on Sat Feb 18 02:29:56 2012, in response to EUEUEUEUEU Olog, posted by RockParkMan on Sat Nov 12 14:58:17 2011.
The callous cruelty of the EU is destroying Greece, a once-proud country
Britain should play its part to end this Greek tragedy by standing up for the underdog.
By Peter OborneFor all of my adult life, support for the European Union has been seen as the mark of a civilized, reasonable and above all compassionate politician. It has guaranteed him or her access to leader columns, TV studios, lavish expense accounts and overseas trips.
8:44PM GMT 15 Feb 2012
The reason for this special treatment is that the British establishment has tended to view the EU as perhaps a little incompetent and corrupt, but certainly benign and generally a force for good in a troubled world. This attitude is becoming harder and harder to sustain, as this partnership of nations is suddenly starting to look very nasty indeed: a brutal oppressor that is scornful of democracy, national identity and the livelihoods of ordinary people.
The turning point may have come this week with the latest intervention by Brussels: bureaucrats are threatening to bankrupt an entire country unless opposition parties promise to support the EU-backed austerity plan.
Let’s put the Greek problem in its proper perspective. Britain’s Great Depression in the Thirties has become part of our national myth. It was the era of soup kitchens, mass unemployment and the Jarrow March, immortalized in George Orwell’s wonderful novels and still remembered in Labour Party rhetoric.
Yet the fall in national output during the Depression — from peak to trough — was never more than 10 percent. In Greece, gross domestic product is already down about 13 percent since 2008, and according to experts is likely to fall a further 7 percent by the end of this year. In other words, by this Christmas, Greece’s depression will have been twice as deep as the infamous economic catastrophe that struck Britain 80 years ago.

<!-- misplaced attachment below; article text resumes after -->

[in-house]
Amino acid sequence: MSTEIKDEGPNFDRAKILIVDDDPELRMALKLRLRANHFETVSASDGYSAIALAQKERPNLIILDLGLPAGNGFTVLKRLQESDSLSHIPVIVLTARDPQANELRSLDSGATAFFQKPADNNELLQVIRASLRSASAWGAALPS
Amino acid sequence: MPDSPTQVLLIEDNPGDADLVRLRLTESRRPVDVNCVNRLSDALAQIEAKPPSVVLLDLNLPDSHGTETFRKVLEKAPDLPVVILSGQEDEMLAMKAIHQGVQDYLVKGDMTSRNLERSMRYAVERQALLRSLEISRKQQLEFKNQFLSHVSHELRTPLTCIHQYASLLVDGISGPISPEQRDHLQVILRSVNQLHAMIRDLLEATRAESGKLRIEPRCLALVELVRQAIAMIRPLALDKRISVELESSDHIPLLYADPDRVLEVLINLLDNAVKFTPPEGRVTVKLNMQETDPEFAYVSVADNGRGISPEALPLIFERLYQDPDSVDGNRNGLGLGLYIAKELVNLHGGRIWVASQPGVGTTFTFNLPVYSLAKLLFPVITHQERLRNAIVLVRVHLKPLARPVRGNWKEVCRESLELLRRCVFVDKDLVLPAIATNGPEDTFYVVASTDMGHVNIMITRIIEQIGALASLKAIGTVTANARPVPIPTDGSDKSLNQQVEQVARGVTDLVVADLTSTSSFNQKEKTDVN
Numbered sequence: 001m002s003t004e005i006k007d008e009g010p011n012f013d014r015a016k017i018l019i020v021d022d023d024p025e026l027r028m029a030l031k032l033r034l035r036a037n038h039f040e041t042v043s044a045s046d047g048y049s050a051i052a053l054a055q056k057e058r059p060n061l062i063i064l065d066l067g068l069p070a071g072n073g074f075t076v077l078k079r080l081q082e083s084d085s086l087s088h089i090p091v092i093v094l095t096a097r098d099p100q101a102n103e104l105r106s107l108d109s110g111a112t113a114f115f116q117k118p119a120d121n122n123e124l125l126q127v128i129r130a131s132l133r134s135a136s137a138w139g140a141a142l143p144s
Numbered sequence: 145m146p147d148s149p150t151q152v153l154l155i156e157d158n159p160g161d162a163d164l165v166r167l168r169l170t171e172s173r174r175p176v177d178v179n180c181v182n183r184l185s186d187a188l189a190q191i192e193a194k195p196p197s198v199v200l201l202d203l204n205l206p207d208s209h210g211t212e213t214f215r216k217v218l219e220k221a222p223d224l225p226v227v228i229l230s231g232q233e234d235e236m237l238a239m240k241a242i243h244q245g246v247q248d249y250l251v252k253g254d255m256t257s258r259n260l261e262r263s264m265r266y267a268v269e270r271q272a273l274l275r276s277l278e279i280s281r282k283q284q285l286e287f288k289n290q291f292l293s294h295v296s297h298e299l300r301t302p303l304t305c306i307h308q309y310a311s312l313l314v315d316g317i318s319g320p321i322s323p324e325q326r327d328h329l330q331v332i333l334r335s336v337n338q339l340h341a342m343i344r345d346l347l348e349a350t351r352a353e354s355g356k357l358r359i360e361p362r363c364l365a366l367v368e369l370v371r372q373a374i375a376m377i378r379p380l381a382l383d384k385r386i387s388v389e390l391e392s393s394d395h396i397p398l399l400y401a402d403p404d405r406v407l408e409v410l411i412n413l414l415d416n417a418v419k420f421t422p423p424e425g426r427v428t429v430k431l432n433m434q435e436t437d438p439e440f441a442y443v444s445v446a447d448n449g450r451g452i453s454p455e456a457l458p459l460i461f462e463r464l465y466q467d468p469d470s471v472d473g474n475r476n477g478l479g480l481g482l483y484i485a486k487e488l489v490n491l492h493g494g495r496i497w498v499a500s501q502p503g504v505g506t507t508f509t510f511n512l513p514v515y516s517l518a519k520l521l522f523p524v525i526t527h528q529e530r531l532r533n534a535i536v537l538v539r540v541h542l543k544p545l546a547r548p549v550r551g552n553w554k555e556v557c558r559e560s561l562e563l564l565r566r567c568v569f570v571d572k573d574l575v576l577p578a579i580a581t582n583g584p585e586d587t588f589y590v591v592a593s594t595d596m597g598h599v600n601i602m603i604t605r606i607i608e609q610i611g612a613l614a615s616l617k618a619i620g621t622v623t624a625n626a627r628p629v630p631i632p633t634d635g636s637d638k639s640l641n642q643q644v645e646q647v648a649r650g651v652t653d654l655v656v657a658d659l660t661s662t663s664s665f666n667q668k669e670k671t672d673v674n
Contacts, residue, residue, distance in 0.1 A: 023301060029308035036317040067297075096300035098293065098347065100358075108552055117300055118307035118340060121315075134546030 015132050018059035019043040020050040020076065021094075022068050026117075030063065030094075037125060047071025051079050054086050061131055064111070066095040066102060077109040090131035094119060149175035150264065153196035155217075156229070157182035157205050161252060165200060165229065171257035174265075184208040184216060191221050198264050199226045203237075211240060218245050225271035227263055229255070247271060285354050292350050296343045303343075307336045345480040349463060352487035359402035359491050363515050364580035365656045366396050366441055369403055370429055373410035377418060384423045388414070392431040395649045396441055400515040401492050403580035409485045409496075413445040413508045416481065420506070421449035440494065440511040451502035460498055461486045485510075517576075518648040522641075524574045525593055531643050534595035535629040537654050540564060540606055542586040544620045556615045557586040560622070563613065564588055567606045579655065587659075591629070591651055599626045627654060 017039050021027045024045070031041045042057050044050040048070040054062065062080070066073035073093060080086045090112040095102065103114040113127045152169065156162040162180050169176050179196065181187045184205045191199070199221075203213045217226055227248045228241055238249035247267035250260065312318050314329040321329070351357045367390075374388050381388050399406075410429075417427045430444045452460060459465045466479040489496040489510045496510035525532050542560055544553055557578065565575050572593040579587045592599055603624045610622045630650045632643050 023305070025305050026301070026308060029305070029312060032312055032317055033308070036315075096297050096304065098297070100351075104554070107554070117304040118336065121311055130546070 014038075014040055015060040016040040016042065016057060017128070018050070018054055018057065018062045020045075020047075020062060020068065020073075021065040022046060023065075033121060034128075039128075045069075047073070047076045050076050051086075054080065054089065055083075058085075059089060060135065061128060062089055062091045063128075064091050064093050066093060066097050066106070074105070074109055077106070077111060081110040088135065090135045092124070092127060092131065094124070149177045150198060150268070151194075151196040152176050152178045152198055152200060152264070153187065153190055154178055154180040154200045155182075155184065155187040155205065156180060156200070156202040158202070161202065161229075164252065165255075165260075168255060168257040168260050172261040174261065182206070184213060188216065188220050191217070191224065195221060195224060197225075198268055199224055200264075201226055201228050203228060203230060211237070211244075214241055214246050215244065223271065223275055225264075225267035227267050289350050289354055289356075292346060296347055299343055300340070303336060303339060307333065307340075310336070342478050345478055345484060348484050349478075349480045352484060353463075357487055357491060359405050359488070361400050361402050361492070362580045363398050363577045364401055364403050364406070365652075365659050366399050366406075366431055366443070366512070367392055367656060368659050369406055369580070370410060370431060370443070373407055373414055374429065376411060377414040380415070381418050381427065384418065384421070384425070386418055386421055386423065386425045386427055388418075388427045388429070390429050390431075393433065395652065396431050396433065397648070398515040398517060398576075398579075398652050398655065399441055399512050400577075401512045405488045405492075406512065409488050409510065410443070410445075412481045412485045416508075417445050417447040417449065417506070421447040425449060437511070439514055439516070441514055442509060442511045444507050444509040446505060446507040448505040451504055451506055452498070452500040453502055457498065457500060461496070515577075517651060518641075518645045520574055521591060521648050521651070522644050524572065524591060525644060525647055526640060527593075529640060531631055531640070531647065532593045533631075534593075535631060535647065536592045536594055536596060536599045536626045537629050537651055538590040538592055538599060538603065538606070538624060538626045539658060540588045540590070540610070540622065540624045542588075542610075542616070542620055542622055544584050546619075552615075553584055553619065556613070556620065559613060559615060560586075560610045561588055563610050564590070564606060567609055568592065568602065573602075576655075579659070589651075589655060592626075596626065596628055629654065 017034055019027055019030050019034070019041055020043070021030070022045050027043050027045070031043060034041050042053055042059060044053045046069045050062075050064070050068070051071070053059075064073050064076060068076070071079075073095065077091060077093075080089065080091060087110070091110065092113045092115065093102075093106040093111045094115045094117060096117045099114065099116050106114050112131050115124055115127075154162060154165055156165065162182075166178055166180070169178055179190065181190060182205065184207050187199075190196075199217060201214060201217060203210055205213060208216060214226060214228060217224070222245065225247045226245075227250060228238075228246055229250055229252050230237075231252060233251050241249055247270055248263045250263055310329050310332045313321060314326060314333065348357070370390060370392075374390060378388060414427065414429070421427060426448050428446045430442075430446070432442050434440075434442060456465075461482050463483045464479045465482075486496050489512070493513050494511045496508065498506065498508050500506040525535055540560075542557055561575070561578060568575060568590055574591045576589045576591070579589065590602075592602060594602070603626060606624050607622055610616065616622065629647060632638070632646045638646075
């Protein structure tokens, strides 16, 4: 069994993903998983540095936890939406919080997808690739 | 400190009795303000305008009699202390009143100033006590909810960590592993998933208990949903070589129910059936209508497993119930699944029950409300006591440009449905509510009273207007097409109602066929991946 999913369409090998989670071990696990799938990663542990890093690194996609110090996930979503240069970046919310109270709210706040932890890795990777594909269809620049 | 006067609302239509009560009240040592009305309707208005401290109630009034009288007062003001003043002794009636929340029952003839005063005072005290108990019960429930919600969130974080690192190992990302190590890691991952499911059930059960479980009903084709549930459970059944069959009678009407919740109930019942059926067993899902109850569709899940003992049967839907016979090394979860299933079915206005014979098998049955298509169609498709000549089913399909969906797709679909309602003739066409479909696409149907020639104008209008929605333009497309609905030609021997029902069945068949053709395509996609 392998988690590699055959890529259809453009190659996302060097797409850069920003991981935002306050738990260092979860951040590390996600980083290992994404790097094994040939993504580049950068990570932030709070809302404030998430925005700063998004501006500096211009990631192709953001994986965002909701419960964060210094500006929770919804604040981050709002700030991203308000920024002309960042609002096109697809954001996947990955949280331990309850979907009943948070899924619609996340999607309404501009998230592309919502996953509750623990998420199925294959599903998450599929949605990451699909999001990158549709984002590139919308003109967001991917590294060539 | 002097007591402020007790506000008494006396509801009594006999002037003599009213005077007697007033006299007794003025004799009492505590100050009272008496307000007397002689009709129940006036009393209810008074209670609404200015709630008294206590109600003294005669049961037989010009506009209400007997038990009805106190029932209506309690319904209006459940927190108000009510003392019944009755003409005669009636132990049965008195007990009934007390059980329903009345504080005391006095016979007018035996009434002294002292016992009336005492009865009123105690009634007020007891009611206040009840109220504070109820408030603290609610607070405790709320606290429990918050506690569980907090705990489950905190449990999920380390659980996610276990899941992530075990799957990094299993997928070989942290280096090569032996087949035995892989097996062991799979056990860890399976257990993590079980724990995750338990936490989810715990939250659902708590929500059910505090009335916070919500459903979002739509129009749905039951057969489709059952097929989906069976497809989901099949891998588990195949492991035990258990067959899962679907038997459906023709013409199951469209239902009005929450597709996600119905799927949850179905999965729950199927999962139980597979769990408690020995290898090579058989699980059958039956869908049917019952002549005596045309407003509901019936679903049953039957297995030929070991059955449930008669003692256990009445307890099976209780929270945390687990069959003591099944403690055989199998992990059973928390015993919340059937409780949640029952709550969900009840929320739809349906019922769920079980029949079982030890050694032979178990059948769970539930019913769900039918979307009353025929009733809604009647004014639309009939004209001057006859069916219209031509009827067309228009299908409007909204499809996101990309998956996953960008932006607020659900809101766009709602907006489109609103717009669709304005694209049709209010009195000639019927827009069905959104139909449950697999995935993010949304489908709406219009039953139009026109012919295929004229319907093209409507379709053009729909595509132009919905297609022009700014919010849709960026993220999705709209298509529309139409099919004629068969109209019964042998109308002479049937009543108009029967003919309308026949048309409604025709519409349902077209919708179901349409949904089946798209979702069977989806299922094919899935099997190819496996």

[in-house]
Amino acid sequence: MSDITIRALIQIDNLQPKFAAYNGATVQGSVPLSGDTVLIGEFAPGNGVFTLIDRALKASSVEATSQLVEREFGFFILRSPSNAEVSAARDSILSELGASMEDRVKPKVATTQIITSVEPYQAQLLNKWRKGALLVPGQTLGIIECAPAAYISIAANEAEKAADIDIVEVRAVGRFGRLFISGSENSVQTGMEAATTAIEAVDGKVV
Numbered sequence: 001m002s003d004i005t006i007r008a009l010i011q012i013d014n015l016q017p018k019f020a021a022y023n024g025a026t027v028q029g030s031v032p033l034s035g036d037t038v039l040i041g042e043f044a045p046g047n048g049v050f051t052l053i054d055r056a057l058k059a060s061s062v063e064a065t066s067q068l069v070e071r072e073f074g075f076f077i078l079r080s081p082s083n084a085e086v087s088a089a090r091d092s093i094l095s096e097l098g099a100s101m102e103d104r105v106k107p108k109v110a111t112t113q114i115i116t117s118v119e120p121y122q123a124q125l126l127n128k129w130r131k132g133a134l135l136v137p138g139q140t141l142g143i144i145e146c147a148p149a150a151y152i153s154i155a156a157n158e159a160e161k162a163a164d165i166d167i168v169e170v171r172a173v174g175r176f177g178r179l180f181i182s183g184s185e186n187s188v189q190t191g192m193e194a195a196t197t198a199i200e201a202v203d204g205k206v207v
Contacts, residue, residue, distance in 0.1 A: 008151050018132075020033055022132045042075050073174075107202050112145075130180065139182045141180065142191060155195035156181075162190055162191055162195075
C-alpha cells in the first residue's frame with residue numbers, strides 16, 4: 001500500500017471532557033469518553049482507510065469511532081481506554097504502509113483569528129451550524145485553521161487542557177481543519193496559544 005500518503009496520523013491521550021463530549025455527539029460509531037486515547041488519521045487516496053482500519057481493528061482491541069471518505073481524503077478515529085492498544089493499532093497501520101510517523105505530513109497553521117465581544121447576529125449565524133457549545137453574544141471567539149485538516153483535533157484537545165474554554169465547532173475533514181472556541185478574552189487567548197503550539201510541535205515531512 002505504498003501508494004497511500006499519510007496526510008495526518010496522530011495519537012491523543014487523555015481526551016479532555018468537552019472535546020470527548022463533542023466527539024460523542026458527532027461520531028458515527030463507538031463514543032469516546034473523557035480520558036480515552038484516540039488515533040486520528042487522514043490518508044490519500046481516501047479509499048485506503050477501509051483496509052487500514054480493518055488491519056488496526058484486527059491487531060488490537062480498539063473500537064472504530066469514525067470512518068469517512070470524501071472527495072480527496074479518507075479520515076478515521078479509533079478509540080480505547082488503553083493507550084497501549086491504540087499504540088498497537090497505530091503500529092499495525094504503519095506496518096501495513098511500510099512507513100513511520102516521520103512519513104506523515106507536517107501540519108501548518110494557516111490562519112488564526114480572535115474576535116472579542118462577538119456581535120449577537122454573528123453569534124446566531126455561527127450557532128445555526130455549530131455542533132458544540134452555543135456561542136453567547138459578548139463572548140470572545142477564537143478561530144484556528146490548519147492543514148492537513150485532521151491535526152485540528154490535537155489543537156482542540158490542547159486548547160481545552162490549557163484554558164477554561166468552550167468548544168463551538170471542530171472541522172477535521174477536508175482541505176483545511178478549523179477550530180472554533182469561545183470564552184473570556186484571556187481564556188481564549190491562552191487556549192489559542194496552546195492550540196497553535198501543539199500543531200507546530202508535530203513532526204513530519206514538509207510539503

Yet all the evidence suggests that the European elite could not give a damn. Earlier this week Olli Rehn, the EU’s top economist, warned of “devastating consequences” if Greece defaults. The context of his comments suggests, however, that he was thinking just as much of the devastating consequences that would flow for the rest of Europe, rather than for the Greeks themselves.
Another official was quoted in the Financial Times as saying that Germany, Finland and the Netherlands are “losing patience” with Greece, with apparently not even a passing thought for the real victims of this increasingly horrific saga. Though the euro-elite seems not to care, life in Greece, the home of European civilization, has become unbearable.